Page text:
Previously, we looked at the recent performance of GM Financial Company, General Motors’ (GM) financial services arm. GM Financial’s rising revenues and stable profits along with higher sales penetration levels have contributed positively to GM’s overall business in the first three quarters of fiscal 2017.
Among all its auto industry peers, GM is also known to have the largest pension liabilities. In this part, we’ll look at these pension obligations and see what could have an impact on them.
Pension obligations reduced
At the end of fiscal 2016, General Motors’ global pension obligations were $92.9 billion. They were underfunded by $18.3 billion. At that time, GM’s pension funded ratio was 80.3%.
Investors should pay attention to the funding status of these automakers’ pension liabilities. A significantly low pension obligation funding status could hamper a company’s future growth.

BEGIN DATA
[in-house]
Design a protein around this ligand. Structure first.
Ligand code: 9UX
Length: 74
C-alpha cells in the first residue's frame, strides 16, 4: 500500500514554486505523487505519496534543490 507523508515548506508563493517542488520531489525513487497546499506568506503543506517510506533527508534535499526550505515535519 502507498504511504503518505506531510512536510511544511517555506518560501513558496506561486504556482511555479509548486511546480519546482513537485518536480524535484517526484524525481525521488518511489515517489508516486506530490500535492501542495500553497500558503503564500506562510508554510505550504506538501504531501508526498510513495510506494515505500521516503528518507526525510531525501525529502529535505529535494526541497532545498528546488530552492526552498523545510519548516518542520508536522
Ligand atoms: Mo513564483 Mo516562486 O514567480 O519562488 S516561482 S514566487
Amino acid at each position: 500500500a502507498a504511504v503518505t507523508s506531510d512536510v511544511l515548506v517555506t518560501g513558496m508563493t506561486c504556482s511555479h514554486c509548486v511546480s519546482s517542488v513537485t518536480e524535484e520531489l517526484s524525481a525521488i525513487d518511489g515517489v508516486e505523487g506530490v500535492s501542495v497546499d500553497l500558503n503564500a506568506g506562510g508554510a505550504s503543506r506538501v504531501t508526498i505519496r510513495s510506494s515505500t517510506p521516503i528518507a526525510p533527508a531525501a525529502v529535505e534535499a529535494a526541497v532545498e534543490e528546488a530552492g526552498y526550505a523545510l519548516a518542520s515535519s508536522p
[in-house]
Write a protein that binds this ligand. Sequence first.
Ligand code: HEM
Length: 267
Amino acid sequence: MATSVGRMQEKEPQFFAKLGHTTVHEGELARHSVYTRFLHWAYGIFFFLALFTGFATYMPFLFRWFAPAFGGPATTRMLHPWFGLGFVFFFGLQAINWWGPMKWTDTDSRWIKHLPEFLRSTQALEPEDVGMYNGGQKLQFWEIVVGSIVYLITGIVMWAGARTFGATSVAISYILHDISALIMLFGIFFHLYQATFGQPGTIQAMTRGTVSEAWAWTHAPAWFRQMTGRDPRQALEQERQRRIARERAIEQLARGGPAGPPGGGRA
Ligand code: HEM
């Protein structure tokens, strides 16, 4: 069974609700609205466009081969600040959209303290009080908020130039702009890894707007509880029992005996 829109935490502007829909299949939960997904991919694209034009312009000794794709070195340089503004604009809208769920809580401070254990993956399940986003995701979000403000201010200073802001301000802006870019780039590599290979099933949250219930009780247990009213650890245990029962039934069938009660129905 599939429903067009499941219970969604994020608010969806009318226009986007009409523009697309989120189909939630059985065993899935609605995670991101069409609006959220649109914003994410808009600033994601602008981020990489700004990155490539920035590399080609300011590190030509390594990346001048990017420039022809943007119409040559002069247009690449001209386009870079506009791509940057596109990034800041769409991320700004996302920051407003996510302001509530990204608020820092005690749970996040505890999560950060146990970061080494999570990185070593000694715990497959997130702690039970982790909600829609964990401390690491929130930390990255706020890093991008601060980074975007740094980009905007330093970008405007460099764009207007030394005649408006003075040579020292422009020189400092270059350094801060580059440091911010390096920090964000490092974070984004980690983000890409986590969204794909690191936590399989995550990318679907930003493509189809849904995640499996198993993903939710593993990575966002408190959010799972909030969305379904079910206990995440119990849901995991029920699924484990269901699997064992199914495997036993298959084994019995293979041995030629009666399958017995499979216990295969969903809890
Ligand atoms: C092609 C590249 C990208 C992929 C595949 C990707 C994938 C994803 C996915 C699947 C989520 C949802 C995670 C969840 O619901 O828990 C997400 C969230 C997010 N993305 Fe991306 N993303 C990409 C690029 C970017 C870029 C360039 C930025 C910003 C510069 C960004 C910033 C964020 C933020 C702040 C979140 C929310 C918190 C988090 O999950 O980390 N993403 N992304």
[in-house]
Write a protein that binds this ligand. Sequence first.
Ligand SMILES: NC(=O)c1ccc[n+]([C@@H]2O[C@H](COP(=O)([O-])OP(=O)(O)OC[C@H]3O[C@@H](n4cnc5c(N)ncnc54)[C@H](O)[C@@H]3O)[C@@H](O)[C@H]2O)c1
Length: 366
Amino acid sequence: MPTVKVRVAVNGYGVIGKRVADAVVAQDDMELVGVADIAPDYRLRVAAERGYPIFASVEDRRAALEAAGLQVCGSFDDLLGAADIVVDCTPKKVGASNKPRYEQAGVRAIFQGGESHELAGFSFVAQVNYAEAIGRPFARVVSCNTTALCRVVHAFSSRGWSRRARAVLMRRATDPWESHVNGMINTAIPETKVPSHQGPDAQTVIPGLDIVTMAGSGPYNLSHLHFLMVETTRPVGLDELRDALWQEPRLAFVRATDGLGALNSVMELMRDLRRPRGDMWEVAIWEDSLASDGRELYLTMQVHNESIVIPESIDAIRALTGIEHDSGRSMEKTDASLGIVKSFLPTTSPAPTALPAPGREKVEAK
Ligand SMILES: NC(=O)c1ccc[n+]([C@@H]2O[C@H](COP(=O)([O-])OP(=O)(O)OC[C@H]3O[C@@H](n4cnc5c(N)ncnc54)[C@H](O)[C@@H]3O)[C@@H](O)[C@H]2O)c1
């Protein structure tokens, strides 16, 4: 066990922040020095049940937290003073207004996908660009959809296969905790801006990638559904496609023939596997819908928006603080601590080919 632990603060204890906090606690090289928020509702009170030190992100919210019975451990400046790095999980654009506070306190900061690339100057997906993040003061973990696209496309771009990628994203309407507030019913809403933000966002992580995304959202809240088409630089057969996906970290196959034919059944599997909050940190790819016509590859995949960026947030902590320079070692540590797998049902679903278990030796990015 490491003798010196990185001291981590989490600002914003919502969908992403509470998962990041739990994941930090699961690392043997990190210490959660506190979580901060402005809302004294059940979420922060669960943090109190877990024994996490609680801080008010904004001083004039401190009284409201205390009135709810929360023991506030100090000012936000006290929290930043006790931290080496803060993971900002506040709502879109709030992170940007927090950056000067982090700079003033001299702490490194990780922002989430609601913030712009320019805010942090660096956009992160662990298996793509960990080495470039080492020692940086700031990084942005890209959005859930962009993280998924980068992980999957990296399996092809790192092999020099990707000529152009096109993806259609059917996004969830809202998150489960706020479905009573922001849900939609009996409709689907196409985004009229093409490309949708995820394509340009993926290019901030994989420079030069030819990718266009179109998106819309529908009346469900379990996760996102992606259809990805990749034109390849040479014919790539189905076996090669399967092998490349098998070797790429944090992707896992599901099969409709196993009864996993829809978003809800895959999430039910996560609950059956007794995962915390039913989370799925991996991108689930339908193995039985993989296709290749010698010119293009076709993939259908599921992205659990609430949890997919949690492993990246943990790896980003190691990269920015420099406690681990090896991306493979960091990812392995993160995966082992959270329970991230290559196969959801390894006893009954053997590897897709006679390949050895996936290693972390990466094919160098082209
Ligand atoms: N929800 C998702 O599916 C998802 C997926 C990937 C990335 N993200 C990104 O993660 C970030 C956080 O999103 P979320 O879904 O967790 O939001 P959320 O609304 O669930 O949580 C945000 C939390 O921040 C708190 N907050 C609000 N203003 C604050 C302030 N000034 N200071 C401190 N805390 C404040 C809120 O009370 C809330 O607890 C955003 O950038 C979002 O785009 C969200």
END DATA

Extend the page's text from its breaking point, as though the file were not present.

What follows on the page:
Fed’s rate hikes and possible impact
In December 2017, the Federal Reserve hiked interest rates by 25 basis points—the third interest rate hike in 2017. This rate hike could have a positive impact on GM’s pension liabilities because interest rates directly influence the discount rates.
According to GM’s own estimates at the end of fiscal 2016, an increase 25 basis points in discount rates would reduce its pension obligation by $1.6 billion. Therefore, we can expect a significant reduction in the company’s liabilities after three rate hikes in 2017.
The Fed’s indication of being open to more rate hikes in 2018 is also a positive factor for GM’s pension obligations.
As of December 31, 2016, GM’s funding ratio was worse than its peer Ford, but it was still better than US companies Intel (INTC) and Delta Air Lines (DAL). Intel’s funding ratio was 46.6%, while Delta Air Lines had a funding ratio of 49.4% at the end of 2016.
Next, we’ll discuss key developments related to GM that took place in 2017.